It may surprise you to learn that Mennonites live all over the world. This Protestant denomination founded by Menno Simons (d. 1561) has broadened in its scope of ways-of-being, until those young Japanese tourists I saw on the main street of St Jacobs might well be Mennonites themselves.
My own Mennonite relatives, however, are not Oriental youngsters who could fit in on any campus; they’re German-speaking, Old-Order Mennonites. The locals. But there is none among them that I know to call family.
And so I treaded fairly lightly in my camera wielding on Thursday. Many Mennonites are uncomfortable about getting their photos taken. In today’s pictures, then, I’ve avoided close-ups and full-face shots. I hope everyone’s okay with that.
Mennonites are “plain Deutsch” as opposed to “fancy Deutsch” . The women don’t need to wear black, but they go for quiet colours, small prints, and standard dress patterns. Don’t want to stand out. A prayer cap is worn because St Paul asked that women cover their heads when they pray, and you never know when you’ll need to send one up to the Almighty. Any of you who have children, reflect on this idea for thirty seconds and you’ll probably agree how sensible it is.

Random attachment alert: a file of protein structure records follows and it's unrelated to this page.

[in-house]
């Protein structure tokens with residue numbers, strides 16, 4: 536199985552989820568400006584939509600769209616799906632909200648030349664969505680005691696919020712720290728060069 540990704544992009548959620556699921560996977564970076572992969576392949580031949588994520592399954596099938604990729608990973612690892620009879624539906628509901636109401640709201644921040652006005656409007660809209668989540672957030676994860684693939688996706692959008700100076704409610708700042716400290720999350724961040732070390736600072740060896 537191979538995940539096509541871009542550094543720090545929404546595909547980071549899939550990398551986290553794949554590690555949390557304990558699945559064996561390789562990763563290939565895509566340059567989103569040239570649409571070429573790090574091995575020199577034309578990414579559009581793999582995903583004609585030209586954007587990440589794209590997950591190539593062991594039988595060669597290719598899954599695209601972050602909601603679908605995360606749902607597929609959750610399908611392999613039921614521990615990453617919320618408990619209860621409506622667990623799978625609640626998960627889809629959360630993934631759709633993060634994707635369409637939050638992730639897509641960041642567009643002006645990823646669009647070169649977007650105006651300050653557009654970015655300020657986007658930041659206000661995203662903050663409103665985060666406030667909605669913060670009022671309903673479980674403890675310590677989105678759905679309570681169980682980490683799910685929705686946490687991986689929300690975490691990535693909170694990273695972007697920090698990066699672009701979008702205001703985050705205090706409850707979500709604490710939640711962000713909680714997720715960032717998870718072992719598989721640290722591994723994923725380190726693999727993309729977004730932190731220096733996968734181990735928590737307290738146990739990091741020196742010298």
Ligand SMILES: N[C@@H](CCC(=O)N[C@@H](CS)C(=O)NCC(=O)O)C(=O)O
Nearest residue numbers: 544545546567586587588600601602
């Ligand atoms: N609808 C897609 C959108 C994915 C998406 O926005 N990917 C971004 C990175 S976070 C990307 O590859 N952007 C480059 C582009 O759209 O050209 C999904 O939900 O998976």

By the way, not all Mennonites restrict themselves to horse-and-buggy transportation. This woman is selling her produce out of a truck.
Mauve print dress, with a comfortable, cover-all apron. Her grandchildren are helping to replenish the maple lollipop stand.
This woman looks like my great aunt. In fact, I wish she were my great aunt: she’s the cinnamon-bun baker!
Just between you, me, and the fencepost, buggywatching is easier than birdwatching. You can blink, turn around, and you still won’t miss it.
In fact, your car will go out of date, look ridiculous, and fall to rust, and you still won’t miss it.
“The hurrier I go, the behinder I get.” Take your time. Do your tasks carefully and prayerfully. Be real.